BEIJING — The United States has reached a set of narrow trade deals with China covering areas like electronic payment services, beef and poultry, Trump administration officials said, leaving untouched bigger issues that could still complicate relations between the two major trading partners.
The disclosure of the deals on Thursday evening — which included an announcement that the United States would be represented at a forum in Beijing devoted to President Xi Jinping’s ambitious One Belt, One Road international investment initiative — suggests that the Trump administration is trying to smooth relations with Beijing despite President Trump’s harsh anti-China language on the campaign trail.
Under the newly announced deals, China set a deadline for fulfilling its promises to allow American beef, and said it would speed up considerations of pending American applications to offer bioengineered seeds in China. It will also allow foreign-owned firms to provide credit-rating services in China, issue guidelines to let American firms offer electronic payment services there, and issue licenses to two American financial institutions to underwrite bonds.
The United States, in turn, will allow Chinese to export cooked poultry products. American officials also said that Matthew Pottinger, a National Security Council official who plays a central role in White House policy making on Asia, would travel to Beijing with one or more Commerce Department officials for this weekend’s event.
Sending a delegation recognizes the importance of President Xi’s signature foreign policy to build China’s economic, financial and political ties across Asia, the Mideast, Eastern Europe and eastern Africa.
The trade agreements did not address areas such as steel, aluminum or auto parts — areas where Chinese exports have a deep, industrywide impact. Mr. Trump criticized China’s trade practices both before and after the election, saying China was benefiting at the expense of American workers.
The Trump administration has since moderated its language, with Mr. Trump suggesting that China could strike better trade terms if it helped the United States contain North Korea’s nuclear ambitions.
Chinese officials here had no immediate comment.
Many of these deals were expected. Trade officials in both countries had said they expected a deal on American beef exports, which China has limited for more than a decade over worries about mad cow disease.
Still, while narrow, a number of the agreements announced on Thursday represent a further reversal of American foreign policy from the Obama administration.
The Obama administration long refused to allow Chinese poultry imports, as the Agriculture Department had broad safety concerns about it, including the chemicals the animals are fed and the hygiene at farms and slaughterhouses. Salmonella and bird flu are also widespread problems in China, although the germs that cause them should be killed if poultry is properly cooked.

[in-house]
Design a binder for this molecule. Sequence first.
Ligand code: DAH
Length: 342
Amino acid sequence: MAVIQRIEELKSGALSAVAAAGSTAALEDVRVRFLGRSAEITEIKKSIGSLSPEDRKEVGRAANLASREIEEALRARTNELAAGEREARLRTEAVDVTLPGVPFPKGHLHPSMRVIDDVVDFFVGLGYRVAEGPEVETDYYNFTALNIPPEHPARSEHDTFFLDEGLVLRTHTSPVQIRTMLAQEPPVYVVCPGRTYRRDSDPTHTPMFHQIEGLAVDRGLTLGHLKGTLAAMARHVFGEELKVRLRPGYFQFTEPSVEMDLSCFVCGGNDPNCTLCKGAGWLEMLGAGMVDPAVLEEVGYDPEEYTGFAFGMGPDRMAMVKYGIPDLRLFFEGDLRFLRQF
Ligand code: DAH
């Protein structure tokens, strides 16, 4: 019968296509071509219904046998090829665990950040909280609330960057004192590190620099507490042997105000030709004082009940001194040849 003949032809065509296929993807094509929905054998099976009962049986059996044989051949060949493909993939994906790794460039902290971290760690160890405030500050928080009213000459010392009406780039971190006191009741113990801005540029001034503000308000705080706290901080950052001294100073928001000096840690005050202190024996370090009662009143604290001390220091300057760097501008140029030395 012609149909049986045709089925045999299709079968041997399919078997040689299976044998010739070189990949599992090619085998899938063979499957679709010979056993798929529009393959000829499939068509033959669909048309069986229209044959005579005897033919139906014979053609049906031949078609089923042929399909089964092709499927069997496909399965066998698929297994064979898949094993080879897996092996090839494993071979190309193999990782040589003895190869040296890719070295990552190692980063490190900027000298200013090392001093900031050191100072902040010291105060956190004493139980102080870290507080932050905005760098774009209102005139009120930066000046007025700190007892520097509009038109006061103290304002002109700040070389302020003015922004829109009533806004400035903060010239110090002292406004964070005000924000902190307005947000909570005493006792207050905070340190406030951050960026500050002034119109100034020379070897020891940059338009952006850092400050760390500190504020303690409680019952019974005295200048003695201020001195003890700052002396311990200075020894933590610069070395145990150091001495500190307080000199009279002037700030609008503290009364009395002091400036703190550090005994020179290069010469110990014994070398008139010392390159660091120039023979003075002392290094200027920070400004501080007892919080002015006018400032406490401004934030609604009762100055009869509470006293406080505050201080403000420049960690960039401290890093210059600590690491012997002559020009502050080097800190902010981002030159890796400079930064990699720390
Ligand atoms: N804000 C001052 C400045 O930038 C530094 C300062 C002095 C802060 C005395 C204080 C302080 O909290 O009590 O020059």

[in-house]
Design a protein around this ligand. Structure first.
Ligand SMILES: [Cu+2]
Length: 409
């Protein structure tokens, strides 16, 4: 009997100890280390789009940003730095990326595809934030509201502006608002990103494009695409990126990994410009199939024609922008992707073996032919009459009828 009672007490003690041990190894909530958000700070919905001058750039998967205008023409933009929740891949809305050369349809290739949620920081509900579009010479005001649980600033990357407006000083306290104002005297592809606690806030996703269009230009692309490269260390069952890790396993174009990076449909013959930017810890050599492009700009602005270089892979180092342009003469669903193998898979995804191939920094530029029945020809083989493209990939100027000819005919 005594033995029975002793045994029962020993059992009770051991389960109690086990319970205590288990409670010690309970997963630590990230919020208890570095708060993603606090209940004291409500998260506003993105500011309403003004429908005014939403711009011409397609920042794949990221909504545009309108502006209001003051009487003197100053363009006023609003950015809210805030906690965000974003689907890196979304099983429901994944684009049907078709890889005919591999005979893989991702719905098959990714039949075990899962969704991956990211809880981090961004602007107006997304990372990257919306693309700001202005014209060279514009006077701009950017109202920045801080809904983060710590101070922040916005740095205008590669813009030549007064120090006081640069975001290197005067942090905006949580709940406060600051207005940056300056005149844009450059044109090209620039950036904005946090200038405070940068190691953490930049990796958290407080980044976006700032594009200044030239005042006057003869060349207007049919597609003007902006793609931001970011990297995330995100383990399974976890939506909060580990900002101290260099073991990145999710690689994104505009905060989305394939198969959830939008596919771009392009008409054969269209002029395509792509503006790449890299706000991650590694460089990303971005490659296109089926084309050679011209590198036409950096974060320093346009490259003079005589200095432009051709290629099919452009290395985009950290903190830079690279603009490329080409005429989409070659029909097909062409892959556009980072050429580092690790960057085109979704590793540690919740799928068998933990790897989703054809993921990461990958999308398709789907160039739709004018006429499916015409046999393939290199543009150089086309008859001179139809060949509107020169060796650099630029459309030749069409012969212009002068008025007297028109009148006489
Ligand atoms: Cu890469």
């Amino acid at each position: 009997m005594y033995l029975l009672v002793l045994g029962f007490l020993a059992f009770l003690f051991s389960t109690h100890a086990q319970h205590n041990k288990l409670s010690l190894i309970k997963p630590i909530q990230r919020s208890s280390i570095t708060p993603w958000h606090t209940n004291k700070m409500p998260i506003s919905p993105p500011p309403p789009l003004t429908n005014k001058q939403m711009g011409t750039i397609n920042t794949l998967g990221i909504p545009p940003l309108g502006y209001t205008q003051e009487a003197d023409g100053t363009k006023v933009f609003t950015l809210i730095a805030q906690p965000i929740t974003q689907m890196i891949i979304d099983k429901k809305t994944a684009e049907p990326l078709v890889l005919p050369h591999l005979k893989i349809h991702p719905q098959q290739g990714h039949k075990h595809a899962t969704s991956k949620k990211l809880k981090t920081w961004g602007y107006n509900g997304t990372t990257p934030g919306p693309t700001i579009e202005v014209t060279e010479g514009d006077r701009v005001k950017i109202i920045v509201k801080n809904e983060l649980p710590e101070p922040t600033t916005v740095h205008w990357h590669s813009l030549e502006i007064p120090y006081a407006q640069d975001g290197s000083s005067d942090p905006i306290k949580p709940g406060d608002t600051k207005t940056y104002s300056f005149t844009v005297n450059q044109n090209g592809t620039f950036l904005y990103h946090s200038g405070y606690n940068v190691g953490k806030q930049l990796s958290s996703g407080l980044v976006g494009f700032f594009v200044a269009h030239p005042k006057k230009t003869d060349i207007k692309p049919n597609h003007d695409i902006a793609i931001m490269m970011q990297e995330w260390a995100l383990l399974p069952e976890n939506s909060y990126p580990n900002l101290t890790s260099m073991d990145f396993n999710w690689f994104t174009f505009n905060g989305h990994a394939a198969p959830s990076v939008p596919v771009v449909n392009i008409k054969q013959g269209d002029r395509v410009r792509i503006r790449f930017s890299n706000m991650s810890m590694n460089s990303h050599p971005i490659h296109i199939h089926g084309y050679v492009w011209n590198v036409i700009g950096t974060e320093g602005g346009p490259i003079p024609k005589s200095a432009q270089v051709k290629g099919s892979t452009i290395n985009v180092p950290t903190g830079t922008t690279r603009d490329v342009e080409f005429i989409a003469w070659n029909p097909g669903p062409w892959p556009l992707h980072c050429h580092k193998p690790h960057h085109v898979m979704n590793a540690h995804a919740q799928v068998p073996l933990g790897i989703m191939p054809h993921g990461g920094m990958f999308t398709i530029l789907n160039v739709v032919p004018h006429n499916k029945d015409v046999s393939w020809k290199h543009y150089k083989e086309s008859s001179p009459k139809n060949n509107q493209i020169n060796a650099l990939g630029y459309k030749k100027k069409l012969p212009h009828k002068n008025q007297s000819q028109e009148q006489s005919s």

Commerce Secretary Wilbur Ross praised the deals for providing specific dates for China to act on trade pledges that it has made repeatedly but not fulfilled.
He predicted that Trump administration policies would start to narrow the United States trade deficit with China, which is equal to more than half of the nation’s overall trade deficit.
“By the latter part of the year,” he said, “you should see something.”
Mr. Ross and his negotiators were not able to obtain a deadline for when China would issue approvals for eight kinds of American seeds that have been bioengineered to produce hardier and more productive crops.
On electronic payment services, which have become a popular alternative to cash in China, both sides appeared to make compromises. The Chinese side finally set a date, July 16, for allowing foreign providers of these services b
ut \ would issue further guidelines \ for how they could be offered in China. The Obama administration had said China should allow foreign electronic payment services without issuing further guidelines. The United States had already fought and won a World Trade Organization case against China over payment processing.
In another American concession, the Trump administration agreed that it would not restrict United States exports of liquefied natural gas to China, though they would still be subject to an overall daily cap. Some American manufacturers, particularly in the energy-hungry chemicals industry, fear China might buy so much American natural gas that the purchases would push up American natural gas prices. The first shipment of American liquefied natural gas to China arrived in southern China’s Guangdong province last August.
On credit-rating services, Joerg Wuttke, the president of the European Chamber of Commerce in China, said on Tuesday in Shanghai that foreign companies were increasingly concerned about such services that are being developed within China. These services appear likely to measure the extent to which companies as well as individuals meet the social and political goals of the Chinese state, he said, and not just whether companies and individuals pay their bills on time.
Jeremie Waterman, the executive director for greater China at the United States Chamber of Commerce, cautiously welcomed the trade deals, while noting that he did not yet have the details. “The administration deserves credit for hopefully ensuring full and timely implementation of commitments China has already made in the areas of beef, biotech, and electronic payments,” he said.